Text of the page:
- Nanoscale Ion-Doped Polymer Transistors NANO LETTERS 2019; 19 (3): 1712–18
Nanoscale Ion-Doped Polymer Transistors.
Organic transistors with submicron dimensions have been shown to deviate from the expected behavior due to a variety of so-called "short-channel" effects, resulting in nonlinear output characteristics and a lack of current saturation, considerably limiting their use. Using an electrochemically doped polymer in which ions are dynamically injected and removed from the bulk of the semiconductor, we show that devices with nanoscale channel lengths down to 50 nm exhibit output curves with well-defined linear and saturation regimes. Additionally, they show very large on-currents on par with their microscale counterparts, large on-to-off ratios of 108, and record-high width-normalized transconductances above 10 S m-1. We believe this work paves the way for the fabrication of high-gain, high-current polymer integrated circuits such as sensor arrays operating at voltages below |1 V| and prepared using simple solution-processing methods.
View details for PubMedID 30720280
- Influence of Water on the Performance of Organic Electrochemical Transistors CHEMISTRY OF MATERIALS 2019; 31 (3): 927–37
- Role of the Anion on the Transport and Structure of Organic Mixed Conductors ADVANCED FUNCTIONAL MATERIALS 2019; 29 (5)
Double doping of conjugated polymers with monomer molecular dopants
2019; 18 (2): 149-+
Molecular doping is a crucial tool for controlling the charge-carrier concentration in organic semiconductors. Each dopant molecule is commonly thought to give rise to only one polaron, leading to a maximum of one donor:acceptor charge-transfer complex and hence an ionization efficiency of 100%. However, this theoretical limit is rarely achieved because of incomplete charge transfer and the presence of unreacted dopant. Here, we establish that common p-dopants can in fact accept two electrons per molecule from conjugated polymers with a low ionization energy. Each dopant molecule participates in two charge-transfer events, leading to the formation of dopant dianions and an ionization efficiency of up to 200%. Furthermore, we show that the resulting integer charge-transfer complex can dissociate with an efficiency of up to 170%. The concept of double doping introduced here may allow the dopant fraction required to optimize charge conduction to be halved.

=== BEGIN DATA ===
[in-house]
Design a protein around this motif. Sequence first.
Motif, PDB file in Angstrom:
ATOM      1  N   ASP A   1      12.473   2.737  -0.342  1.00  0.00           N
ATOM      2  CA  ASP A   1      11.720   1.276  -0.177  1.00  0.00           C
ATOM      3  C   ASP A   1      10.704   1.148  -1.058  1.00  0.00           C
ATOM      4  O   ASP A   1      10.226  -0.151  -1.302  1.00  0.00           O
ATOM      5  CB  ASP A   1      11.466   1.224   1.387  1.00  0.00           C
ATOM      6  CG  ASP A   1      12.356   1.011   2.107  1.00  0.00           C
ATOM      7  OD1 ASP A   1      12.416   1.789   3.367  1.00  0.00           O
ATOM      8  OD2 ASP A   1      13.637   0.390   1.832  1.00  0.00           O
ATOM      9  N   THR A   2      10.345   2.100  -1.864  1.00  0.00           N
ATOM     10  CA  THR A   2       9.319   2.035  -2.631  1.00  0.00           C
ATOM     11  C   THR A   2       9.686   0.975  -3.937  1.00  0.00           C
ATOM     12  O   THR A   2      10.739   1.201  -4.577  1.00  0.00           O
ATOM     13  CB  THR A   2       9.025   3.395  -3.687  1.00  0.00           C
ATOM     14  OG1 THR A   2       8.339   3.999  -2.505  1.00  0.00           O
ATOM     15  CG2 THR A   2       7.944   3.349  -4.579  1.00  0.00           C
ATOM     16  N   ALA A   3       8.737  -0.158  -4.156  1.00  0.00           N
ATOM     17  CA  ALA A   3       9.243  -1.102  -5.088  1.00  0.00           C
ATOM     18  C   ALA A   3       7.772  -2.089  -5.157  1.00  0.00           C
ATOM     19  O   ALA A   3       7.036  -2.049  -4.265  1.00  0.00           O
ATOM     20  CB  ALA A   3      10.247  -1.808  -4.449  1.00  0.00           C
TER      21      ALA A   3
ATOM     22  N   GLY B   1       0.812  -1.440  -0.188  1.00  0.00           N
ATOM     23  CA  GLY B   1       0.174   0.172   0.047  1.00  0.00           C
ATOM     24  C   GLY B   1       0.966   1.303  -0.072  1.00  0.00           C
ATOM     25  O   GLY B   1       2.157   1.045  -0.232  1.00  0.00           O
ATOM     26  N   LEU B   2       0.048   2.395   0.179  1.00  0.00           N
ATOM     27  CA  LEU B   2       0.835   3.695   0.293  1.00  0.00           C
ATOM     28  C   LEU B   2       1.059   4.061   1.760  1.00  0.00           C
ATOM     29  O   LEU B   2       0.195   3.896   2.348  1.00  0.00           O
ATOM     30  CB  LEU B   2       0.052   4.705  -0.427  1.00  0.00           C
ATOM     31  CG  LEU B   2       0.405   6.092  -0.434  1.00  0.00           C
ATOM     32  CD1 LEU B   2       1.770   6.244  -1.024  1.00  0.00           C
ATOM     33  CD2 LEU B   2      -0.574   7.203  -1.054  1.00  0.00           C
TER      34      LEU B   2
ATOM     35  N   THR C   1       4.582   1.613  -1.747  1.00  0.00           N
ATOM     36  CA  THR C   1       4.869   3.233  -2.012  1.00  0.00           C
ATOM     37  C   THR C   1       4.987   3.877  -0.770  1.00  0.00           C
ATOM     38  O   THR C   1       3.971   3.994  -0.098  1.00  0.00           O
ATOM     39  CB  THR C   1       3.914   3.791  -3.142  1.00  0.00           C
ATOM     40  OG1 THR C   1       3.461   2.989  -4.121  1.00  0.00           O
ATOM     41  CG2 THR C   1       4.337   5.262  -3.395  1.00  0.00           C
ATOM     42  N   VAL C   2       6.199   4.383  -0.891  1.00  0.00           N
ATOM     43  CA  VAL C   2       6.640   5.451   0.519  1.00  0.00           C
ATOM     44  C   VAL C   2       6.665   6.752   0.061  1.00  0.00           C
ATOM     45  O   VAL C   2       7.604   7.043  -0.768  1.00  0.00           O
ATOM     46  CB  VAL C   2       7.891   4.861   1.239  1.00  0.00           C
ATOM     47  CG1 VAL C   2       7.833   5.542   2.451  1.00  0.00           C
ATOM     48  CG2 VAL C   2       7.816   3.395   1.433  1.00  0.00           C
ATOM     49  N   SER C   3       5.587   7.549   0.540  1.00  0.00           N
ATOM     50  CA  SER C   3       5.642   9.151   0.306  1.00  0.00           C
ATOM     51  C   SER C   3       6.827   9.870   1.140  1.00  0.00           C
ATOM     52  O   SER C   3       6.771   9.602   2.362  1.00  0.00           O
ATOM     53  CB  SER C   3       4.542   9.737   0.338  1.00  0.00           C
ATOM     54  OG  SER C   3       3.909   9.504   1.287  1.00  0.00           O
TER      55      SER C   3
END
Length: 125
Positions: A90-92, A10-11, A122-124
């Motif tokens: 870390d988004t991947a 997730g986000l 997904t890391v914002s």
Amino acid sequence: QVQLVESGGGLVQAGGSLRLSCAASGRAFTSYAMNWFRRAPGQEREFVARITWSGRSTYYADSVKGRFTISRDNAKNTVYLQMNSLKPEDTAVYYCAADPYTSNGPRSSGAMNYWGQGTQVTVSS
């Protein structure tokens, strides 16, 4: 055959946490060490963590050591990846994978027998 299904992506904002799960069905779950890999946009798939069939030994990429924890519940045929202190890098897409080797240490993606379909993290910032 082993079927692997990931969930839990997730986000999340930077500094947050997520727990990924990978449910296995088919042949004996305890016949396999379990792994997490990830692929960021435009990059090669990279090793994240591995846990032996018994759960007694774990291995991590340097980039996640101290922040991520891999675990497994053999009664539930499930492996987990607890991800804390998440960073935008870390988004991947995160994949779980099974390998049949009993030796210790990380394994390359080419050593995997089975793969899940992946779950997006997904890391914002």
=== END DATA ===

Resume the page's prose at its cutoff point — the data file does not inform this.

View details for DOI 10.1038/s41563-018-0263-6
View details for Web of Science ID 000456325600016
View details for PubMedID 30643236
Subthreshold Operation of Organic Electrochemical Transistors for Biosignal Amplification
2018; 5 (8): 1800453
With a host of new materials being investigated as active layers in organic electrochemical transistors (OECTs), several advantageous characteristics can be utilized to improve transduction and circuit level performance for biosensing applications. Here, the subthreshold region of operation of one recently reported high performing OECT material, poly(2-(3,3'-bis(2-(2-(2-methoxyethoxy)ethoxy)ethoxy)-[2,2'-bithiophen]-5-yl)thieno[3,2-b]thiophene), p(g2T-TT) is investigated. The material's high subthreshold slope (SS) is exploited for high voltage gain and low power consumption. An ≈5× improvement in voltage gain (AV) for devices engineered for equal output current and 370× lower power consumption in the subthreshold region, in comparison to operation in the higher transconductance (gm), superthreshold region usually reported in the literature, are reported. Electrophysiological sensing is demonstrated using the subthreshold regime of p(g2T-TT) devices and it is suggested that operation in this regime enables low power, enhanced sensing for a broad range of bioelectronic applications. Finally, the accessibility of the subthreshold regime of p(g2T-TT) is evaluated in comparison with the prototypical poly(3,4-ethylenedioxythiophene):poly(styrenesulfonate) (PEDOT:PSS), and the role of material design in achieving favorable properties for subthreshold operation is discussed.
View details for DOI 10.1002/advs.201800453
View details for Web of Science ID 000441869400040
View details for PubMedID 30128254
View details for PubMedCentralID PMC6097142
Direct metabolite detection with an n-type accumulation mode organic electrochemical transistor
2018; 4 (6): eaat0911